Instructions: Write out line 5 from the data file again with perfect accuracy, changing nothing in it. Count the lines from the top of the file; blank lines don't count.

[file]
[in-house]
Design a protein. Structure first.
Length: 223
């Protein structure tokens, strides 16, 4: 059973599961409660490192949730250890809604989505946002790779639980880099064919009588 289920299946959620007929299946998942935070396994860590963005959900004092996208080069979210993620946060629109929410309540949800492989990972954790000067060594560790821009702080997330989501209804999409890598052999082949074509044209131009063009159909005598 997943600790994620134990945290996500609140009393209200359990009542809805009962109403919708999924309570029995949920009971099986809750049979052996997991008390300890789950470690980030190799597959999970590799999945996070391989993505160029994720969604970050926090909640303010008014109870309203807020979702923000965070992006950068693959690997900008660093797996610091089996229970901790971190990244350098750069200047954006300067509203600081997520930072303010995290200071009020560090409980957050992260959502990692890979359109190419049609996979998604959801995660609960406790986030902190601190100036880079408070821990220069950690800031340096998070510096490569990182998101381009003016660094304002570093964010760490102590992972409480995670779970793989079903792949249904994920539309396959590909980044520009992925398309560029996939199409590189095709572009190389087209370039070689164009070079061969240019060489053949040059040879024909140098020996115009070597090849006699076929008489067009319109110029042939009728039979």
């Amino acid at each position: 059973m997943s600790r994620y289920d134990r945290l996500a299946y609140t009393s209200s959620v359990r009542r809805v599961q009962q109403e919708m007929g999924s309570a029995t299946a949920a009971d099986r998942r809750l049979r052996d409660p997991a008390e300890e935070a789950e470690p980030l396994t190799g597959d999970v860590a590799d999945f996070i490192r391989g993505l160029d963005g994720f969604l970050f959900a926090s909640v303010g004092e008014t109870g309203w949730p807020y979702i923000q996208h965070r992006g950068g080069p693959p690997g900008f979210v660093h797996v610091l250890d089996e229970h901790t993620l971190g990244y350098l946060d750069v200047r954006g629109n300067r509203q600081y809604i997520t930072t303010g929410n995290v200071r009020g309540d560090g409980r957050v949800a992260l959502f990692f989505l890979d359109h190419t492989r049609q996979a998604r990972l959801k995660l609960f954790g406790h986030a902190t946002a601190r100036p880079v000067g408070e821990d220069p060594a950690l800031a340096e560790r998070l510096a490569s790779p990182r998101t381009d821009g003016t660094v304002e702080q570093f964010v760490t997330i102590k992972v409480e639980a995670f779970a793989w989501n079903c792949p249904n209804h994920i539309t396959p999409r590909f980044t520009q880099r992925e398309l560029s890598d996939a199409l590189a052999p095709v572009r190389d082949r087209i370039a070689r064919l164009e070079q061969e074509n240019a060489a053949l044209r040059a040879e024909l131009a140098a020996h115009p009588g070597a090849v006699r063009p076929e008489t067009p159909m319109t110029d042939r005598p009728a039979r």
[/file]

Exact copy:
């Amino acid at each position: 059973m997943s600790r994620y289920d134990r945290l996500a299946y609140t009393s209200s959620v359990r009542r809805v599961q009962q109403e919708m007929g999924s309570a029995t299946a949920a009971d099986r998942r809750l049979r052996d409660p997991a008390e300890e935070a789950e470690p980030l396994t190799g597959d999970v860590a590799d999945f996070i490192r391989g993505l160029d963005g994720f969604l970050f959900a926090s909640v303010g004092e008014t109870g309203w949730p807020y979702i923000q996208h965070r992006g950068g080069p693959p690997g900008f979210v660093h797996v610091l250890d089996e229970h901790t993620l971190g990244y350098l946060d750069v200047r954006g629109n300067r509203q600081y809604i997520t930072t303010g929410n995290v200071r009020g309540d560090g409980r957050v949800a992260l959502f990692f989505l890979d359109h190419t492989r049609q996979a998604r990972l959801k995660l609960f954790g406790h986030a902190t946002a601190r100036p880079v000067g408070e821990d220069p060594a950690l800031a340096e560790r998070l510096a490569s790779p990182r998101t381009d821009g003016t660094v304002e702080q570093f964010v760490t997330i102590k992972v409480e639980a995670f779970a793989w989501n079903c792949p249904n209804h994920i539309t396959p999409r590909f980044t520009q880099r992925e398309l560029s890598d996939a199409l590189a052999p095709v572009r190389d082949r087209i370039a070689r064919l164009e070079q061969e074509n240019a060489a053949l044209r040059a040879e024909l131009a140098a020996h115009p009588g070597a090849v006699r063009p076929e008489t067009p159909m319109t110029d042939r005598p009728a039979r």